I guess my saving grace in disappointments is humor, albeit sarcastic at times. Not by choice, but by necessity. I've heard many times by many people when going through a disappointment: "When life gives you lemons, make lemonade." While I know they have the best intentions with that statement, I wonder if they would have wanted someone to say to them if their spouse/relative/best friend died prematurely, "Well, they dropped dead suddenly, but you know, you just have to be thankful and make lemonade!" That topped only by, "Here, would you like some ice cubes to go in that glass of lemonade you're presently choking on?"
It is true that after life throws you lemons you have lemonade. I could use a wine cellar in my house to store the barrels of lemonade I have! But not because I purposefully made it. It's merely what has oozed out of the lemons that have been pulverized as life threw them at me and they were somehow caught between my head and the wall I was banging against in hurt, confusion, disbelief, or anger. Sometimes the lemons were thrown so hard at me they were instantly liquefied into lemonade.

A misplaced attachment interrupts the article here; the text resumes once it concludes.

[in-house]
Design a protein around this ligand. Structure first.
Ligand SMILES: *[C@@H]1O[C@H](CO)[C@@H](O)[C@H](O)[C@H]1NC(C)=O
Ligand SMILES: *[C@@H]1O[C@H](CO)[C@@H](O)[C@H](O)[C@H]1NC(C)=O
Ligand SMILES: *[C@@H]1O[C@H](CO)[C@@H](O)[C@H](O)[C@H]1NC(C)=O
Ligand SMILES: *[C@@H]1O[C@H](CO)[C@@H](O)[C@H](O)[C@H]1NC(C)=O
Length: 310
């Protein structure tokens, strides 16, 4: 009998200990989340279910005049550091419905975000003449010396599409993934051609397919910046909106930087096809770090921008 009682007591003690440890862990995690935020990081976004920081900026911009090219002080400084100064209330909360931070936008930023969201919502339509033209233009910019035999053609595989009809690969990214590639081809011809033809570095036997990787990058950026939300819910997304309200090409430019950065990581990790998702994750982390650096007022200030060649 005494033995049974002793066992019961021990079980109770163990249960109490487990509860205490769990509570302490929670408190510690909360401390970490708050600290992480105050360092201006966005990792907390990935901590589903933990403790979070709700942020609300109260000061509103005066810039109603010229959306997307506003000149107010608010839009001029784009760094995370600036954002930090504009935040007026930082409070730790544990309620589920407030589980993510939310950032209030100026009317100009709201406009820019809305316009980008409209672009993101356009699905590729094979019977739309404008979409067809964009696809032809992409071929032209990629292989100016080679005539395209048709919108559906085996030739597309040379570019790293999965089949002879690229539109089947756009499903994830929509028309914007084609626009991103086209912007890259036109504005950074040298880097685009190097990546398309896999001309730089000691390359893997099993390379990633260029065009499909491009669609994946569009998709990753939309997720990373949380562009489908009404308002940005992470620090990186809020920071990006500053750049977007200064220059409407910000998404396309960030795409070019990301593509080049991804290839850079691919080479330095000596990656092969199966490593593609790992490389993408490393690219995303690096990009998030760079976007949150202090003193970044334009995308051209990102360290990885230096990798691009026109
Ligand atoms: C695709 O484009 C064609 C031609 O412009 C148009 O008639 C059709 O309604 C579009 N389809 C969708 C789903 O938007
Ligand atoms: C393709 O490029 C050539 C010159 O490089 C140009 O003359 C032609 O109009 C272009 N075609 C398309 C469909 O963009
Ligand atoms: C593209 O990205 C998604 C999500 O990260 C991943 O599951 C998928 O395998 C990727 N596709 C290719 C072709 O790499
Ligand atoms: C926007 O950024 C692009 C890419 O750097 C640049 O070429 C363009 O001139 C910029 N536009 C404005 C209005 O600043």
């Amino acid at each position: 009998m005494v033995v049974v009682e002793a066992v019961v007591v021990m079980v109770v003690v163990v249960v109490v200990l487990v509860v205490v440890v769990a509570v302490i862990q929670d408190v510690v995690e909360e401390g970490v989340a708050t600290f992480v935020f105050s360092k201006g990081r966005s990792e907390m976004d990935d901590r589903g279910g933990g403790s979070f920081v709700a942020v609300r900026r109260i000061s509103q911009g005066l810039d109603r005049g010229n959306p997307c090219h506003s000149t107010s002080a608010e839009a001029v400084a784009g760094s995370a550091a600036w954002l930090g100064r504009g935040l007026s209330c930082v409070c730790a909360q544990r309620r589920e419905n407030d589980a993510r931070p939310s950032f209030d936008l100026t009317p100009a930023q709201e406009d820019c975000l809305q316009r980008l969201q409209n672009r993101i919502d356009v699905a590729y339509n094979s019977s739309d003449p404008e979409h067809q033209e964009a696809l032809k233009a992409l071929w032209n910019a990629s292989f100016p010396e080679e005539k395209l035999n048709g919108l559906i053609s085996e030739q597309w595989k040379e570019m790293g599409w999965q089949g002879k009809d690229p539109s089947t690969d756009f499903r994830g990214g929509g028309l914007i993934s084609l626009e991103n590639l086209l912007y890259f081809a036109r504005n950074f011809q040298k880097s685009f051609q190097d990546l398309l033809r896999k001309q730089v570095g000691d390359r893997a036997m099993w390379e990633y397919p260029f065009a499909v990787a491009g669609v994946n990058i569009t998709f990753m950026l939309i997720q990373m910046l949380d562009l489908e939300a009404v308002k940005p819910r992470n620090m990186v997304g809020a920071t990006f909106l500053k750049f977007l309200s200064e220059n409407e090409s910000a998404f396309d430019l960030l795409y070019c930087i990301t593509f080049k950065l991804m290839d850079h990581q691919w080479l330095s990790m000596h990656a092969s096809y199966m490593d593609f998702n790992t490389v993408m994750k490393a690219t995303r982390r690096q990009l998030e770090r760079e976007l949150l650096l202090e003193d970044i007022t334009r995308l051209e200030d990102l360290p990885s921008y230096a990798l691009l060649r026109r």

Lame cliches' no matter how well-meaning, have no place in helping someone through disappointments. That's why I love our dearest long-time friends. The husband is the most laid back person I know, and upon sharing our most recent disappointment with them, his wife texted me his reply of simply "Dang-it". I can't tell you how hard I laughed at that. I could picture his calm self sitting on the couch and upon hearing our news, say simply, "Dang-it!" And I know that when I get a moment to share with my BFF, she'll have an equally humorous to me "buck-up buttercup" response. Or she'll come over with a bat and burlap bag and ask me for the address of the person who dared cause our disappointment.
You can't avoid or change disappointments, and there are many times you can't even make the best of them.
Sometimes disappointments are just that --- a "Dang-it!" bleep in an otherwise blessed life.
They are as unfair as life itself. But I suppose the most merciful thing I have learned about them is that God is still God even though he allows them.
That was the hardest thing to learn about disappointments as a Christian.
Twice in my life I have prayed with everything in me, for something to not happen. I mean deep-down-to-my-soul praying. Laying-on-the-floor-with-arms-and-legs-outstretched-crying praying. All-night-and-all-day praying. God-will-answer-my-prayer-miracle-believing praying.